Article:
From executive suite to nursing, student still wants to make a difference

At 50, Jim O'Neill left Apple Computer for the School of Nursing.
At 50, Jim O'Neill left Apple Computer for the School of Nursing. Marsha Miller

The company mantra when Jim O'Neill joined Apple Computer was "the journey is the reward."

It's much the same for him now even though he is far from the hills of Silicon Valley where he was part of the technology hub as Apple's vice president for worldwide logistics. At age 50, O'Neill decided to change careers, but still wanted to have personal contact with people.

This is his plan when he graduates in May from the School of Nursing.

"I'm not comfortable with two wordscareer and retirement," said O'Neill. "I'm a type A personality and just can't sit still."

He admits this will be the first time he has not had a six-figure income, but "if I wanted to chase the dollars, I'd go back to what I was doing."

O'Neill will graduate with a master's degree in nursing as a clinical nurse specialist. While in school, he worked at the Heart Hospital of Austin. He is now interning with a local cardiologist who makes house calls and will continue full-time after graduation.

"I truly enjoy working with people, both in terms of individual patient interaction and as a member of a medical team," he said.

After receiving a business degree from Vanderbilt University in 1976, O'Neill got a master's degree in finance from the Duke University Fuqua School of Business. At Apple, he managed customer support, order management, warehousing, logistics and transportation operations in Ireland, the Netherlands, Tokyo, Singapore, Toronto, Miami, Chicago, Sacramento and Austin. He also opened the company's U.S. Customer Support Center in Austin.

In addition to being a vice president at Apple Computer, he was chief operating officer at HumanCode where his customers included Disney, Mattel, Dell and Motorola, and was director of the American Cancer Society's Quitline.

"I have been fortunate," O'Neill said. "I have been vice president of a Fortune 500 company, worked for a non-profit and for a couple of local venture capital-funded startups. But, as I reflect on my past experiences, the pursuits that have been the most meaningful for me personally are those which put me in direct contact with people."

O'Neill believes he can find the same intellectual stimulation with the complex medical field as he found with technology. He entered the School of Nursing Alternate Entry Master of Science Program, which provides a pathway for a student with a non-nursing baccalaureate degree to become a registered nurse and then obtain a master's degree.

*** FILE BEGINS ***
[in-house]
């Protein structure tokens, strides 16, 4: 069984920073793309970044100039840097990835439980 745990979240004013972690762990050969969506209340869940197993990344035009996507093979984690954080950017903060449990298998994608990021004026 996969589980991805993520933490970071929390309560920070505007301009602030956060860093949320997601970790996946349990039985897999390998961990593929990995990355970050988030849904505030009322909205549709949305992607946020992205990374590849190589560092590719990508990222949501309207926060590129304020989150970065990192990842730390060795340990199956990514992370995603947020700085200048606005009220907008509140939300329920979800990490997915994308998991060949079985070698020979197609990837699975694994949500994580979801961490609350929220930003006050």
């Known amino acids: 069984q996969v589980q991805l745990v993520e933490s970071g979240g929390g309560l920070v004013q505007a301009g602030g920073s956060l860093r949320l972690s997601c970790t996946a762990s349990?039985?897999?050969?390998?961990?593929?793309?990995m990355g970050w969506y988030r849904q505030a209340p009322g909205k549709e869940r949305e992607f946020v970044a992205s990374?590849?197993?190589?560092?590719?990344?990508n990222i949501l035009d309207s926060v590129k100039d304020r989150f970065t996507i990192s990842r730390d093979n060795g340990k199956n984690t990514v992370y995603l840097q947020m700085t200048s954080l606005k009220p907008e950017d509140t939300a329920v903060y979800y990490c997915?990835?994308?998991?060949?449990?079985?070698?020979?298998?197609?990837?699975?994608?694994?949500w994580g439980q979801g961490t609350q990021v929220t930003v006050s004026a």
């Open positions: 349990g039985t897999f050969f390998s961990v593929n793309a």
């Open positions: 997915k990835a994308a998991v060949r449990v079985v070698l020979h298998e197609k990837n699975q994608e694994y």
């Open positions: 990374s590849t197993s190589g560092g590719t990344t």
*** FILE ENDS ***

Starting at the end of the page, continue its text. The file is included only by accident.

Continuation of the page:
"The program allows individuals with a diversity of backgrounds an entry into a very rewarding field," O'Neill said. "And beyond the obvious gratification of delivering relief to someone in need, I also feel like there is a higher sense of calling with nursing.

"The current shortage of health-care professionals and the decreasing affordability of medical insurance, present a very critical social need within the community. There is a compelling societal need, just as I believe there was with the advent of personal computing technology."

O'Neill first became attracted to the field of medicine and health after an experience on a sailing trip with his wife. He witnessed someone having a stroke and took notice of the prolonged time before the individual received care. Wanting to become trained in first aid, O'Neill enrolled in an emergency medical training course and then paramedic school. He still is a volunteer emergency medical services (EMS) paramedic at university football games.

"As much as I enjoyed the EMS experience, the occasional long pauses between calls are difficult to endure," he said. "I need to be active and busy. The constant flow and immediacy of the emergency room and triage were more to my liking."

O'Neill knows he is older than most of his fellow nursing students, but he's used to that.

"At 34 years old, I was older at Apple, too," he said. "I'm used to being the grizzled senior, so that is no problem."

"It has always been important for me that there be a 'for the sake of what' associated with any opportunity that I pursued," O'Neill said. "In nursing, I have felt again that 'for the sake of what.'"